Category Archives: Science

Tricrania sanguinipennis, a bee parasitoid

Found this striking, highly punctate beetle in my yard a few days ago and finally figured out what it is: Tricrania sanguinipennis, a blister beetle (Meloidae). Apparently a parasitoid of Colletes spp., ground-nesting bees that are often situated in dense aggregations. I have hundreds of such bees in my front yard each year and I’m guessing they are unequal cellophane bees (C. inaequalis).

Per Parker and Böving 1924, female T. sanguinipennis deposit clumps of eggs near these aggregations and when larvae hatch they seek out adult bees and clamp onto body hairs with specialized mandibles. If the bee happens to be a female, larvae release their grip when she arrives at the brood cell, sometimes up to 2 1/2 feet underground. If the beetle larva has attached to a male bee it will move onto a female while the bees are mating. Once in the nesting chamber the larva will seek out the bee egg, eat it, then set up camp inside the cell (see fig 21, below) that holds the honey and pollen, which it will eat until maturity.

Below is Plate 3 from the Parker and Böving article. If you expand the image you can see that the bee has multiple larvae attached. I think I might need to capture a few of the bees this Spring to see whether I can find some of these hitchhikers. Am also trying to find the egg clumps, which can have thousands of eggs. That’s a lot of eggs for a beetle but the success rate of the larvae must be extremely small so they’ve presumably evolved large brood size to ensure that at least some find their way into a nest.

Tricrania sanguinipennis
Illustrations of Tricrania sanguinipennis larvae from Parker and Böving 1924.

Very cool beetle and just had to share the find. If you’d like to see more photographs, there are currently 27 sightings Tricrania sanguinipennis on iNaturalist. I highly recommend the Parker and Böving article for the biology details but mainly for how they figured out the details; it’s hard to figure these things out when the species spends its life underground. For more information on related beetles this page by Dr E. F. Legner (UC Riverside) is excellent.

Exobasidium ferrugineae

I found this fleshy, flower-like structure growing on Lyonia ferruginea (rusty staggerbush) at Archbold Biological Station (Venus, Florida). Heaths don’t make flowers like this, so I originally thought it might be an insect gall or phytoplasma infection, but I was wrong. After poking around online I think it’s Exobasidium ferrugineae, a Basidiomycetes fungus. Members of the genus grow in between cells of flower and leaf tissue, then in the Spring send hymenial tissue through stomata and other cracks in the epidermis, eventually turning the surface white with spores. I’d never heard of such fungi before. I’ve led a sheltered life.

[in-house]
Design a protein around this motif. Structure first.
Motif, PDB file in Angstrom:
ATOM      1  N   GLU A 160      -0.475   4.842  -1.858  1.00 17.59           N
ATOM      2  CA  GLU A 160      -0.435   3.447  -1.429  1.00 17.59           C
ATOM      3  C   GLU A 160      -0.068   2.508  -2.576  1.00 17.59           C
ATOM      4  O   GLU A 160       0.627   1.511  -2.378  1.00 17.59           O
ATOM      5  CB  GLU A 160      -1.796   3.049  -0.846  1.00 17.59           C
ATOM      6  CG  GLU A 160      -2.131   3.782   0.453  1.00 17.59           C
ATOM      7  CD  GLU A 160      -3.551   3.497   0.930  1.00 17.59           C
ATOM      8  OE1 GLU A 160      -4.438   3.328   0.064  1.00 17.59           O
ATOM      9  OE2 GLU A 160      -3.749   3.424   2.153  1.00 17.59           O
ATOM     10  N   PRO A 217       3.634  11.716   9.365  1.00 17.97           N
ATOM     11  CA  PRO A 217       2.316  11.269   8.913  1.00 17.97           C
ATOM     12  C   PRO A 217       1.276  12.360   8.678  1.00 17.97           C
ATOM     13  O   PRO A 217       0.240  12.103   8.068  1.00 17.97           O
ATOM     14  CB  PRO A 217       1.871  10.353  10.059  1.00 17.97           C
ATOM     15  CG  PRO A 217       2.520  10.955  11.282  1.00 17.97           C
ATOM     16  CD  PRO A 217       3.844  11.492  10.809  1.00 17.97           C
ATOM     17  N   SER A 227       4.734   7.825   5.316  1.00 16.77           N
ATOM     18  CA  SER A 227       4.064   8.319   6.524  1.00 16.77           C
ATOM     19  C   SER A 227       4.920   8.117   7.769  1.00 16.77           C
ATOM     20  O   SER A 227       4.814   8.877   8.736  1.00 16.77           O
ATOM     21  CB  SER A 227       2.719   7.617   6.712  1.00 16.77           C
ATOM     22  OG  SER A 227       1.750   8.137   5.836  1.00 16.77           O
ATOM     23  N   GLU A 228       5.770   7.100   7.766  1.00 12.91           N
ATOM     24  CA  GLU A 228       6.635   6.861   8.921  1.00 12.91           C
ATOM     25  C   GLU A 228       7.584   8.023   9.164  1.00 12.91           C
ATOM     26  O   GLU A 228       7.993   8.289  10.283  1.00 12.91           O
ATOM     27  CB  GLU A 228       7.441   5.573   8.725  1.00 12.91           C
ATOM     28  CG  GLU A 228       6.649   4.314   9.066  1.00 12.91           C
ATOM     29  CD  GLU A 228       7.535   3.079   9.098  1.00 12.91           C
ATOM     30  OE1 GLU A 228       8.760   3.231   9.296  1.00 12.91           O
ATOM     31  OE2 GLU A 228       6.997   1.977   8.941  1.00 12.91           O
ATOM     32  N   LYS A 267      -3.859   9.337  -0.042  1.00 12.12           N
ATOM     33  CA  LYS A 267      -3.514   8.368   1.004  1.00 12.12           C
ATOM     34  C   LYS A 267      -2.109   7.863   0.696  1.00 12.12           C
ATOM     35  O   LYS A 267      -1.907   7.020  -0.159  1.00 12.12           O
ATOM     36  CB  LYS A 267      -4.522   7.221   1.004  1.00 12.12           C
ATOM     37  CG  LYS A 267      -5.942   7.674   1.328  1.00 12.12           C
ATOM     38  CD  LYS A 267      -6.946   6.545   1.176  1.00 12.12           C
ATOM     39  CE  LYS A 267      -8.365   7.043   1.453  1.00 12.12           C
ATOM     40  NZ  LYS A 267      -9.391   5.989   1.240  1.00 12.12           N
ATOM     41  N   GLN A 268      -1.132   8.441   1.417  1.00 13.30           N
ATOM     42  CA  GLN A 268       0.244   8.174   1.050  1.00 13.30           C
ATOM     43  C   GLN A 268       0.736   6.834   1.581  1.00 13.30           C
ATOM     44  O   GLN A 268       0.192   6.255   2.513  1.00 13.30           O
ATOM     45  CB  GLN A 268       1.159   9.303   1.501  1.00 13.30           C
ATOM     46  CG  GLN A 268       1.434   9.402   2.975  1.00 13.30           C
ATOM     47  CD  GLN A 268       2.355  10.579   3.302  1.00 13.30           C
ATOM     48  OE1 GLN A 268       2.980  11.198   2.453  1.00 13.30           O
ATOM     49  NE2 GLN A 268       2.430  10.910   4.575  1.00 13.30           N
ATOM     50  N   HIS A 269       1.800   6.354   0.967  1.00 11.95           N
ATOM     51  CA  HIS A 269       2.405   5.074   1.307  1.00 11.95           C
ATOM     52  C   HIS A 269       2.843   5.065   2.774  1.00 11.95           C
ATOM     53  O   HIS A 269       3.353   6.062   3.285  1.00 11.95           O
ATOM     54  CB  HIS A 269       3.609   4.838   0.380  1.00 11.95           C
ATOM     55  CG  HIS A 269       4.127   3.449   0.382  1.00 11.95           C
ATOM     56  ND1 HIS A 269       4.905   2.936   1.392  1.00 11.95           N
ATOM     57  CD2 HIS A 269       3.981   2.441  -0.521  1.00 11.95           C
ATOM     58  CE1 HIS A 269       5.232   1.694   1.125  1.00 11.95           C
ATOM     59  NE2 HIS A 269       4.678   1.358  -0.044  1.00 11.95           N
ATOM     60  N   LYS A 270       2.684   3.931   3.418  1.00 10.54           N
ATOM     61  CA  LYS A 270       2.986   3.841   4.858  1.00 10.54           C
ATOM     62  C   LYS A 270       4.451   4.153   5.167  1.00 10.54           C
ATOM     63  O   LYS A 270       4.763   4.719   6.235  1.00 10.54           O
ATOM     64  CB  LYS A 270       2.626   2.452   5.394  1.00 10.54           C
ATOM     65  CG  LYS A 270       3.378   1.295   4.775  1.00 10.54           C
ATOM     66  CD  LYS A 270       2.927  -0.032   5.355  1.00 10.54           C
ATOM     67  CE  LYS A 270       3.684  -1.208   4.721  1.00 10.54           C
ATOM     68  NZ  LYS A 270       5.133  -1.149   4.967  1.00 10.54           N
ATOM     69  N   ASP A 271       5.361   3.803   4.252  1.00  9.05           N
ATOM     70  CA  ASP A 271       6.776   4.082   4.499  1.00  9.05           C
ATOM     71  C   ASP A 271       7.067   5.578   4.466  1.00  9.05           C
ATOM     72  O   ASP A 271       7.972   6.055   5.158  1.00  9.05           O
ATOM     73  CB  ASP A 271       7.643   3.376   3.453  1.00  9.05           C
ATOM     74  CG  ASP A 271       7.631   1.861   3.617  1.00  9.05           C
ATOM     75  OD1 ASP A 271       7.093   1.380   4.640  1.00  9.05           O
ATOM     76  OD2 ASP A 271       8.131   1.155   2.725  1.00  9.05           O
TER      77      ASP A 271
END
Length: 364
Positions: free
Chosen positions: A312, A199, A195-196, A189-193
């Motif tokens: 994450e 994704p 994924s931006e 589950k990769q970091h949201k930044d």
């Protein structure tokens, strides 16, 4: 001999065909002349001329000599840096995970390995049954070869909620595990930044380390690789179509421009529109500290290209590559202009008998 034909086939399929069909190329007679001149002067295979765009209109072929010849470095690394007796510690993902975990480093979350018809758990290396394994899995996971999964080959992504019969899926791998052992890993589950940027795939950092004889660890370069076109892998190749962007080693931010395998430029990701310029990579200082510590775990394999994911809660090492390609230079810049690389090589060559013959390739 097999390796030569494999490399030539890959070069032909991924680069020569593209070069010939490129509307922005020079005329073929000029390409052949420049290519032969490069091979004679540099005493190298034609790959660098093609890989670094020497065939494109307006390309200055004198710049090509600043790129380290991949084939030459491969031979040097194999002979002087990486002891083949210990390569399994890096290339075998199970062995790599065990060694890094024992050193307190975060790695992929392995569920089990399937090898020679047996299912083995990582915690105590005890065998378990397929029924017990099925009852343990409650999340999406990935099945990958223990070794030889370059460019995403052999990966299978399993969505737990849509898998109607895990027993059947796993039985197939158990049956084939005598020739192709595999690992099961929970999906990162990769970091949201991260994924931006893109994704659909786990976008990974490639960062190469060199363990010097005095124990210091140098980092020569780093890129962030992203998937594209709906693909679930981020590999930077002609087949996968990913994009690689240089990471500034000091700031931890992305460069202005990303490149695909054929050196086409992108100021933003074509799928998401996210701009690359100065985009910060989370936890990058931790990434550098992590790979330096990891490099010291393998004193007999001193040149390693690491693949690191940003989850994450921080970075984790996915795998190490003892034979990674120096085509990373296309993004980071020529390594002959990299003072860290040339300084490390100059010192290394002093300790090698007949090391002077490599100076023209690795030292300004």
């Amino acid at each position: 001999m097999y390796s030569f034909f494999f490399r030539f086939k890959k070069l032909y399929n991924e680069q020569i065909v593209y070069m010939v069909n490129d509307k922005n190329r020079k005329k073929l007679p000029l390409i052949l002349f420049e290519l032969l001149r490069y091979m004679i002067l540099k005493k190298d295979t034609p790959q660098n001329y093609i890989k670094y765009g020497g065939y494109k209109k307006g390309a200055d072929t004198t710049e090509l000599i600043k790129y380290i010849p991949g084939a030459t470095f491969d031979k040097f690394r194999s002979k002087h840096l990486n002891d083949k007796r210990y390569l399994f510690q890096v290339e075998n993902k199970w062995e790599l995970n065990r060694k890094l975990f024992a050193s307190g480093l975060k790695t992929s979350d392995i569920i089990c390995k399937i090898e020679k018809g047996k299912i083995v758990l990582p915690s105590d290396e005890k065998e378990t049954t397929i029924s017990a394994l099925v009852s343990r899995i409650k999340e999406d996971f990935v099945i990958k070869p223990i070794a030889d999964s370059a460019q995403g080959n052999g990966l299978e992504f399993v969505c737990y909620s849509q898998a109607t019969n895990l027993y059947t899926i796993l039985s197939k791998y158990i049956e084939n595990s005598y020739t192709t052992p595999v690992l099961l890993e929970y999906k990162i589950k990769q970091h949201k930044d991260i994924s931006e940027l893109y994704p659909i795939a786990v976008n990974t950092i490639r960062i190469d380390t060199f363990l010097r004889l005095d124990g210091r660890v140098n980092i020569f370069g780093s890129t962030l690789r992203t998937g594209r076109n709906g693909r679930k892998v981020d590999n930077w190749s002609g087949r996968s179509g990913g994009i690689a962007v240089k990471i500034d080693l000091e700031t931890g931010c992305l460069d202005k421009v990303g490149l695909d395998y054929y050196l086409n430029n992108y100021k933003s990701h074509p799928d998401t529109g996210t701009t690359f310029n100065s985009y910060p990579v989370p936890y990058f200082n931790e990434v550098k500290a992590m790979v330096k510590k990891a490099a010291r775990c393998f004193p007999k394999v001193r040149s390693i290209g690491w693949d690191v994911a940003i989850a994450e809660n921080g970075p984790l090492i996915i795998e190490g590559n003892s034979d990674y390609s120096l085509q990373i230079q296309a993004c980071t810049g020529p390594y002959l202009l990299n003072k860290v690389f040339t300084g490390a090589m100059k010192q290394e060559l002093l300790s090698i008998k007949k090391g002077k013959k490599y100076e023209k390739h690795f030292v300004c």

Colin Purrington Photography: Fungi &emdash; Exobasidium ferruginea on rusty staggerbush (Lyonia ferruginea)

The above was the largest structure I found (perhaps 3 inches high) but there were dozens of others (see below) at the same location. If you’d like to know more about the species and genus, a good starting point is Kennedy et al. 2012 and references therein. In older literature the fungus was known as Exobasidium vaccinii (Burt 1915), but it seems likely that that species is host specific to Vaccinium vitis-idaea.

Bats with red spots

During a 2008 trip to La Selva Biological Station in Costa Rica, I took a terrible photograph of some lesser sac-winged bats (Saccopteryx leptura) roosting on the underside of a tree.

Roosting bats covered with red dots

I kept the photograph because the bats seemed to sporting some strange red dots that were the color of giant red velvet or trombidium mites, and I was curious. But I looked online (for years) and for the life of me couldn’t find any reports of something that large on a bat in Costa Rica. All I succeeded in discovering was that quite a few smaller mites seem to be found on bats (Banks 1915; Klimpel and Mehlhorn 2013), with new species found all the time.

One person suggested that they might be chigger mites (Trombiculidae). Each spot, perhaps, would be composed of hundreds of mites feeding together. Chiggers feeding in a group isn’t rare, apparently. If you search for “trombiculidae aggregation” you’ll get lots of images of seething groups (e.g.) on all variety of animals. But it begs two questions. Why does each bat have only one clump, and of the same size.

UPDATE: After posting and sharing on Twitter, Sean McCann sent me a message asking whether my dots might be marking bands. He also sent a photograph (a good one) in which the locations of the bands exactly matched where my dots are in my photograph. So I contacted Dr Carlos de la Rosa, the Director at La Selva Biological Station, to see if anyone was banding bats at the time, and he responded that it was likely … and is checking to see exactly who. I’ll post an update if I hear back. 

UPDATE II: Dr de la Rosa spoke with Dr Martina Nagy, who claimed those bats as part of her research (as well as corrected my species identification; they are not rhinoceros bats). She even recognized the tree (“SOR 170 Sendero Oriental”). These individuals (two males, one female) had been banded by Dr Barbara Caspers. The tree eventually fell and then the bats disbanded to someplace else. 

It took me almost 10 years, but I’m glad I finally know what was going on. That photograph had really been bugging me. Thanks, everyone!